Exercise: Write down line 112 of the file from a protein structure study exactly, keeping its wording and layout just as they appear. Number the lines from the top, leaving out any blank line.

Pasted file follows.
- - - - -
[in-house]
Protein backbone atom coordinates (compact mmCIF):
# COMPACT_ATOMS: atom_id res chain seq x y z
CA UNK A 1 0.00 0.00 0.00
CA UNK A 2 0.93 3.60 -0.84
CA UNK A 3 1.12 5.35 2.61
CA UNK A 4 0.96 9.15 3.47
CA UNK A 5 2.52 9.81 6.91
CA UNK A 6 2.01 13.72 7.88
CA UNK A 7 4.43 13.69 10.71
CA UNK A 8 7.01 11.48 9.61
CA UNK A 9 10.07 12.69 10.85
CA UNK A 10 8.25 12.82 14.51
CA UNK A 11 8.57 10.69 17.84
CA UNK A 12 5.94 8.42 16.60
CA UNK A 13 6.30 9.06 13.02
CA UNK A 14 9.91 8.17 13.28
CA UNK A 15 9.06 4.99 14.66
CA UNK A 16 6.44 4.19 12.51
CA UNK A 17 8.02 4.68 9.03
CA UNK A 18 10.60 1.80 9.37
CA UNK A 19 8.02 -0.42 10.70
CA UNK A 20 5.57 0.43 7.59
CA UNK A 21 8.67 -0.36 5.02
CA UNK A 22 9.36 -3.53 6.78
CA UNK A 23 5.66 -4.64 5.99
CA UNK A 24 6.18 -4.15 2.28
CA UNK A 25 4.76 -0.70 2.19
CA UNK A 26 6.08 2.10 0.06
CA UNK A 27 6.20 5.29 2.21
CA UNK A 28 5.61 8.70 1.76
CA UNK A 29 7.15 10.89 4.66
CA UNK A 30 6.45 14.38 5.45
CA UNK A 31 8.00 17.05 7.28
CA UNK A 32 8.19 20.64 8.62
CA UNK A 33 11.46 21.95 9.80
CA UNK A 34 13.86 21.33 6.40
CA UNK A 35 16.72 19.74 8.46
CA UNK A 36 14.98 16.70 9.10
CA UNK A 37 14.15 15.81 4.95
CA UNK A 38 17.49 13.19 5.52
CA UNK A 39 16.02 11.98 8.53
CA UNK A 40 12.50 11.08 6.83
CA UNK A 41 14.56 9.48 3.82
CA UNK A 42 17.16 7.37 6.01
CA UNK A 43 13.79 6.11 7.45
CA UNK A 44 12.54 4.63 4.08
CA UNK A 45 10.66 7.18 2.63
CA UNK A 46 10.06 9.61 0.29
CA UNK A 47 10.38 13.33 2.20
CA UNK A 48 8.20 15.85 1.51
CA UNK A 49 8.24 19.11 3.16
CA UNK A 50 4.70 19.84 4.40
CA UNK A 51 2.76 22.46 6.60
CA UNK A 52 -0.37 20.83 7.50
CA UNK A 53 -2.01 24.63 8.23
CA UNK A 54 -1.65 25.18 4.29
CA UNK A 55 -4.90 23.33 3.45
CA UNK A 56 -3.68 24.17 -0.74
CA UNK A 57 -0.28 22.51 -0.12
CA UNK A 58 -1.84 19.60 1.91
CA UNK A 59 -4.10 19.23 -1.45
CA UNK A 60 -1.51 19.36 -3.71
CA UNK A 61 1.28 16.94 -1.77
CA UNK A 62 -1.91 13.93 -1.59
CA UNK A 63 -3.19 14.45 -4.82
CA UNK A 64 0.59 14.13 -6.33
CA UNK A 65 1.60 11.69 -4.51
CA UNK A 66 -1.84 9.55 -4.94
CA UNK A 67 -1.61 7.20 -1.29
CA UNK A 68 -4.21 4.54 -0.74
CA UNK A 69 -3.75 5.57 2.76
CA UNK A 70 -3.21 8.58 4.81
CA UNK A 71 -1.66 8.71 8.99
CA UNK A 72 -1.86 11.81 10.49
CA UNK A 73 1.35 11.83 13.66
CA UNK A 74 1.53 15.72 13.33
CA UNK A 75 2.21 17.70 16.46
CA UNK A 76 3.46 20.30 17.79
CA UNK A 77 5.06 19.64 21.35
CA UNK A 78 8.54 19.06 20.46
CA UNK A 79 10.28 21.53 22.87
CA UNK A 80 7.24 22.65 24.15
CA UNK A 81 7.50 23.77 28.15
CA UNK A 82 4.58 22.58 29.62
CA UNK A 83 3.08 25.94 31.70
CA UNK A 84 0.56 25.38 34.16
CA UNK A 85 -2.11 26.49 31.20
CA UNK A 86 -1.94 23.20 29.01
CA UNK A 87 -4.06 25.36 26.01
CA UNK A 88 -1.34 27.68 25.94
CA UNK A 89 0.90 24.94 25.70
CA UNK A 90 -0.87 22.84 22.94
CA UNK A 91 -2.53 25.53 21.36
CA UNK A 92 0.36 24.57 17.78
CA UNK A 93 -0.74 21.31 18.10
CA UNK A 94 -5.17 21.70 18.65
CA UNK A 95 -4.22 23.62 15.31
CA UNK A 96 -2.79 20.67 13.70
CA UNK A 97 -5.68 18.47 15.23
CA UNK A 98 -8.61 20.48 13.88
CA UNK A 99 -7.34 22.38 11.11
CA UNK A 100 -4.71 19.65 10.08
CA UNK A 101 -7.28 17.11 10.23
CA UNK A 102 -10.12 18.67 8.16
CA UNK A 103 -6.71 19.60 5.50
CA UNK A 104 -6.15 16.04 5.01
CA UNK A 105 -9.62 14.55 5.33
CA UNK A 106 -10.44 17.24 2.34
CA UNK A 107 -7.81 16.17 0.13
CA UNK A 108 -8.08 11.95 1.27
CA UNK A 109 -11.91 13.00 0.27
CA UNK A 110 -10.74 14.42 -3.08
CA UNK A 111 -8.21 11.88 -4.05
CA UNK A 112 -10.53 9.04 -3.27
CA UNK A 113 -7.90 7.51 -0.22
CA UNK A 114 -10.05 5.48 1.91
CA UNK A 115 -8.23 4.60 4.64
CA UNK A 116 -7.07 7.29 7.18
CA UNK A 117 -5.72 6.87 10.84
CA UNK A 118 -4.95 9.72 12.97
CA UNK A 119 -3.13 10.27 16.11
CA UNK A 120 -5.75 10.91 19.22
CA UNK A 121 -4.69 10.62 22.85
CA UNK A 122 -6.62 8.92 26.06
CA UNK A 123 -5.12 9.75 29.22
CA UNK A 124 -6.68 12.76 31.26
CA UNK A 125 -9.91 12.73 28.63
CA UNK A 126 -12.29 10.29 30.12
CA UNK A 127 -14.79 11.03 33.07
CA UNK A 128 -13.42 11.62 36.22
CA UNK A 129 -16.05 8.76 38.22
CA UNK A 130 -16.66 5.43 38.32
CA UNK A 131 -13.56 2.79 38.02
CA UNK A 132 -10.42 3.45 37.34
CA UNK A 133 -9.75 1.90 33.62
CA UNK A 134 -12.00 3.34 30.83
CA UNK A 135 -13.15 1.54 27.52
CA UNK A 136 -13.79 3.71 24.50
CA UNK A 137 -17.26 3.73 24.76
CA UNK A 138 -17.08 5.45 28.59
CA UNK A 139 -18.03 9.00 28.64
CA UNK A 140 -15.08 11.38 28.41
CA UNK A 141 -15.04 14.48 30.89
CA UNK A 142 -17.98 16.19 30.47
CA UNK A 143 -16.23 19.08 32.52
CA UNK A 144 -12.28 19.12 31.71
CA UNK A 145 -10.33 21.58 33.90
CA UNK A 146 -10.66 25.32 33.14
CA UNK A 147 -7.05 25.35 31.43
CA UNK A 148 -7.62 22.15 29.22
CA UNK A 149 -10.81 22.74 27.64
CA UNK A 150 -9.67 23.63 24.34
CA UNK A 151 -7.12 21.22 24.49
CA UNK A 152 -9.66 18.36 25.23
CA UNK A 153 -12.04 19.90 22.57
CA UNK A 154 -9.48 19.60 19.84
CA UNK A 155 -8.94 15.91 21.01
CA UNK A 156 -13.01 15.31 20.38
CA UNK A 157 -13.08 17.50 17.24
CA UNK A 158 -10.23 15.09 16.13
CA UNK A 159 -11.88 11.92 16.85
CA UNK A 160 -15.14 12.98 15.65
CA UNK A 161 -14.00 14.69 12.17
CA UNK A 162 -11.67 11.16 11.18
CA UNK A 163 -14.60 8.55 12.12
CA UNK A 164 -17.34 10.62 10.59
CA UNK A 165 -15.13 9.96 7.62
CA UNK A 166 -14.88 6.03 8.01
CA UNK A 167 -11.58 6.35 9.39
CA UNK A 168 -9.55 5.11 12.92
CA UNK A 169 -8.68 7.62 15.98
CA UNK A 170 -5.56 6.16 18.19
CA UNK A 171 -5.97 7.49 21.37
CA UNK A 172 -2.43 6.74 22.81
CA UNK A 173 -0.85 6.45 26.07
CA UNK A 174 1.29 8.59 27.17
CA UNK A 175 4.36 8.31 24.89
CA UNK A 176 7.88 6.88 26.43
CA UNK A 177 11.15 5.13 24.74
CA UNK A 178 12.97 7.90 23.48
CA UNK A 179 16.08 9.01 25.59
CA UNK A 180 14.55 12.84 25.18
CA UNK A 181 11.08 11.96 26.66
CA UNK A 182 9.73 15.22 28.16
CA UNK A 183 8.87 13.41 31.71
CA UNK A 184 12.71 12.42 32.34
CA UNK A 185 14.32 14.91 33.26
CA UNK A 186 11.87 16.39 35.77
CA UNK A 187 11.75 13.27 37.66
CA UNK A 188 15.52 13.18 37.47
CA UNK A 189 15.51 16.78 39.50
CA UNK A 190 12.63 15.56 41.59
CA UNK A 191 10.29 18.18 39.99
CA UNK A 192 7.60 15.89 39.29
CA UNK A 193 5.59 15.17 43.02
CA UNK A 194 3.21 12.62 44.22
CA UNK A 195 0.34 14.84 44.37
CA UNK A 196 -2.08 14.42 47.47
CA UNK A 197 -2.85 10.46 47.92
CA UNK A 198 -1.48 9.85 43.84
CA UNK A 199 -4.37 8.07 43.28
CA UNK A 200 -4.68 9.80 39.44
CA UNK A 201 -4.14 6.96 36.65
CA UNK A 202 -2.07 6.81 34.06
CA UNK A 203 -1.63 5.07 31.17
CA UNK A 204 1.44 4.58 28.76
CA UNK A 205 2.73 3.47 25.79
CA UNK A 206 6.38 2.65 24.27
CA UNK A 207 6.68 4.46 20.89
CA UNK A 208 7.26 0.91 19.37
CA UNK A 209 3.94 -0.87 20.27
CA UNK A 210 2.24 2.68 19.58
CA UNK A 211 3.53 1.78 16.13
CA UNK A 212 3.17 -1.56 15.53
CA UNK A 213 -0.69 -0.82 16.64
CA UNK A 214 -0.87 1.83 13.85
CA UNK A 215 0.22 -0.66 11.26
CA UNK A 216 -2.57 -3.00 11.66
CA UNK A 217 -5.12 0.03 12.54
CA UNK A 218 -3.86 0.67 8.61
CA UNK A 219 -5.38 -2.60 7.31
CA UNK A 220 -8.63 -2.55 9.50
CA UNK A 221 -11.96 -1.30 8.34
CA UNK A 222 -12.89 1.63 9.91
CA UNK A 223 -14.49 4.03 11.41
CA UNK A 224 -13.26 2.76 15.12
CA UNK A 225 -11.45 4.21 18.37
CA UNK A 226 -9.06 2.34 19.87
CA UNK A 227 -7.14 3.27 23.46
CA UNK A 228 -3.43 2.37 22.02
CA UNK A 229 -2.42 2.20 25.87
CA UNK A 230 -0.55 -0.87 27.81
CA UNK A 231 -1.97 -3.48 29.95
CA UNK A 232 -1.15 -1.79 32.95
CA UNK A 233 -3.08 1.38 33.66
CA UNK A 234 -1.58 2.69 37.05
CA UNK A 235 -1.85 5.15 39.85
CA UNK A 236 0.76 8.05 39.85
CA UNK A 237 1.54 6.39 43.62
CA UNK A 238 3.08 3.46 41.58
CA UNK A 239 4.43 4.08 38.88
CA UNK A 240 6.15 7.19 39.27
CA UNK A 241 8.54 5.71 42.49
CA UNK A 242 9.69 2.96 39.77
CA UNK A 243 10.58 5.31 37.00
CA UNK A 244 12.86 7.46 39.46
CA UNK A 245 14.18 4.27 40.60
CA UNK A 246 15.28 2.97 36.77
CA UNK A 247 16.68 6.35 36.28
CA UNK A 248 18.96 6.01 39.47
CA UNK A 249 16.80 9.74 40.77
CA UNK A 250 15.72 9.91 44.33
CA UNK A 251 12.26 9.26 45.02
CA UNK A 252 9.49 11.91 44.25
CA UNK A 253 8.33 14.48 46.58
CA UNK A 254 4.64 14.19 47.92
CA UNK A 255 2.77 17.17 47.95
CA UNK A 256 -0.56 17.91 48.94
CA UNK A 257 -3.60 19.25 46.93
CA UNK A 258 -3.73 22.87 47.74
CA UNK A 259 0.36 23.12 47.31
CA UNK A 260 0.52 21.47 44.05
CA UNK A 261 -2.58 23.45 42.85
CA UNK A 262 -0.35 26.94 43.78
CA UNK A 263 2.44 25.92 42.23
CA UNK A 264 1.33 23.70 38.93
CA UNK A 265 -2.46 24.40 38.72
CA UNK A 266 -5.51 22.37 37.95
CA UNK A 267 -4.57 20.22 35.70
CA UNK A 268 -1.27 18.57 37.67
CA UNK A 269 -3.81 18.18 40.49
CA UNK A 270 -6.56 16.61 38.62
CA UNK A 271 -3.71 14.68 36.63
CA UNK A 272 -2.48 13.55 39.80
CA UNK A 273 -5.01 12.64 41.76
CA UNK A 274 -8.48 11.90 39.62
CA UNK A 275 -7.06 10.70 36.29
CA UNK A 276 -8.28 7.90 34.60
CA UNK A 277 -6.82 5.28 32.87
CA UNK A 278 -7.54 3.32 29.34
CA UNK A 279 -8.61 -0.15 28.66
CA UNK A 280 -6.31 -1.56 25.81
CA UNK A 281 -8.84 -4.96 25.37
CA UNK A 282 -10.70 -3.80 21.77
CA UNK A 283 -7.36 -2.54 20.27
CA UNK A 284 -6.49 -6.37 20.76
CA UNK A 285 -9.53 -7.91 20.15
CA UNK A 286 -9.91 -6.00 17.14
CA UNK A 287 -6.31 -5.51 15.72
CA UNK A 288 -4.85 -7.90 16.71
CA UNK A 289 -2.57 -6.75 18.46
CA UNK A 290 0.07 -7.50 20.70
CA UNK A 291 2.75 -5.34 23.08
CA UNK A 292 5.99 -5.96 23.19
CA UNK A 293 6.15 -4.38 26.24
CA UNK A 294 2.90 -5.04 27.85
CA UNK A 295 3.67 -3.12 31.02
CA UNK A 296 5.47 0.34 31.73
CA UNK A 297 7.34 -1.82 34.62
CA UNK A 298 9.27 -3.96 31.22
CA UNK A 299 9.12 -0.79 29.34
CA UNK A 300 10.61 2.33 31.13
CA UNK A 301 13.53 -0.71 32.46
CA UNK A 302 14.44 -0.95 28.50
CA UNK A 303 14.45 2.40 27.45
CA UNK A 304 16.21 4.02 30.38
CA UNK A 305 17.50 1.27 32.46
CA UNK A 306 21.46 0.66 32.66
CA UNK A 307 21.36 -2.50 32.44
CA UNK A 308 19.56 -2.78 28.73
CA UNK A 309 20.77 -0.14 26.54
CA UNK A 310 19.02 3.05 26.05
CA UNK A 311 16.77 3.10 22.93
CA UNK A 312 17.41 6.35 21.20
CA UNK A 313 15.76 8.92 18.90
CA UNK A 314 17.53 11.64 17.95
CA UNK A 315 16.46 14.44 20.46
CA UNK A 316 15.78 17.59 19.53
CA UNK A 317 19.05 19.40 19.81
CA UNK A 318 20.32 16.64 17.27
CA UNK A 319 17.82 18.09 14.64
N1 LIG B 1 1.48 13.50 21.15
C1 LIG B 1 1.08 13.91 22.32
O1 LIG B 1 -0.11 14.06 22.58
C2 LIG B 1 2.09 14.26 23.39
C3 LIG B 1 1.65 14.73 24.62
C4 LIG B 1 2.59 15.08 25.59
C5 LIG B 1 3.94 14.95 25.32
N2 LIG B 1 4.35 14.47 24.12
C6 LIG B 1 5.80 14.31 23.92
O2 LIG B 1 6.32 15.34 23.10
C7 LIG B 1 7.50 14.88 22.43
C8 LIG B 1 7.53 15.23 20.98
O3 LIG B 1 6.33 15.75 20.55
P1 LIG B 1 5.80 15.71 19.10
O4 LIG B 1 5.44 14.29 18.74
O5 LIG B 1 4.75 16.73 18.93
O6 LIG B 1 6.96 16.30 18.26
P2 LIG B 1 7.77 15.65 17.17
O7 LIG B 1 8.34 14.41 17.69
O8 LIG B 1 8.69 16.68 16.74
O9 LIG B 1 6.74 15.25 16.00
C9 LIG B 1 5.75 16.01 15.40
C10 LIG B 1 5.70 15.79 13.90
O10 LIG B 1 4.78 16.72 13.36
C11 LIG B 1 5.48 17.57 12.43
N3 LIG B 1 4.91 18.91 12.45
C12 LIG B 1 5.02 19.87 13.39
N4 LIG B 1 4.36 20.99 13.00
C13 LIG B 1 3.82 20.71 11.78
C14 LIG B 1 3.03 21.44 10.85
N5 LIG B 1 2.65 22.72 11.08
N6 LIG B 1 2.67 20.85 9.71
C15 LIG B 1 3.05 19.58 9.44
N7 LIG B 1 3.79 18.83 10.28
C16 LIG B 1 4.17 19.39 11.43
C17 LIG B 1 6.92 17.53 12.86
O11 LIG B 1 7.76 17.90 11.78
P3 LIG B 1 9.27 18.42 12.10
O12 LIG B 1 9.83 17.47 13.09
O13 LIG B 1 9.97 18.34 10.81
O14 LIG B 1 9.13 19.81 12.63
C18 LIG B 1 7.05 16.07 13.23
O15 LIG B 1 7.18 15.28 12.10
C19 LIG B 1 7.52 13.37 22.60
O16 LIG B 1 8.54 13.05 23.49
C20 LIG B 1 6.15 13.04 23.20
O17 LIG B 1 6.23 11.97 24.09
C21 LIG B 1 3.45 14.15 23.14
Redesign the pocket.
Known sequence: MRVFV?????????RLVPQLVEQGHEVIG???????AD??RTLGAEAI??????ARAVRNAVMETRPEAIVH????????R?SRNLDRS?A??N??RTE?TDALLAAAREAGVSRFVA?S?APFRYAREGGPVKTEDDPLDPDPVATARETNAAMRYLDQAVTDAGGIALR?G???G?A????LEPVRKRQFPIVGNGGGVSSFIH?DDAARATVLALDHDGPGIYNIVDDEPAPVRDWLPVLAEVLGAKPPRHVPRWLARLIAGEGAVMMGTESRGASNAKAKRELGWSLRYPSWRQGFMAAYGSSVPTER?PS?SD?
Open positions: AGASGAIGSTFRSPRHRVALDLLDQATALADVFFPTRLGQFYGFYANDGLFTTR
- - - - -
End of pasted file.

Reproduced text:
CA UNK A 109 -11.91 13.00 0.27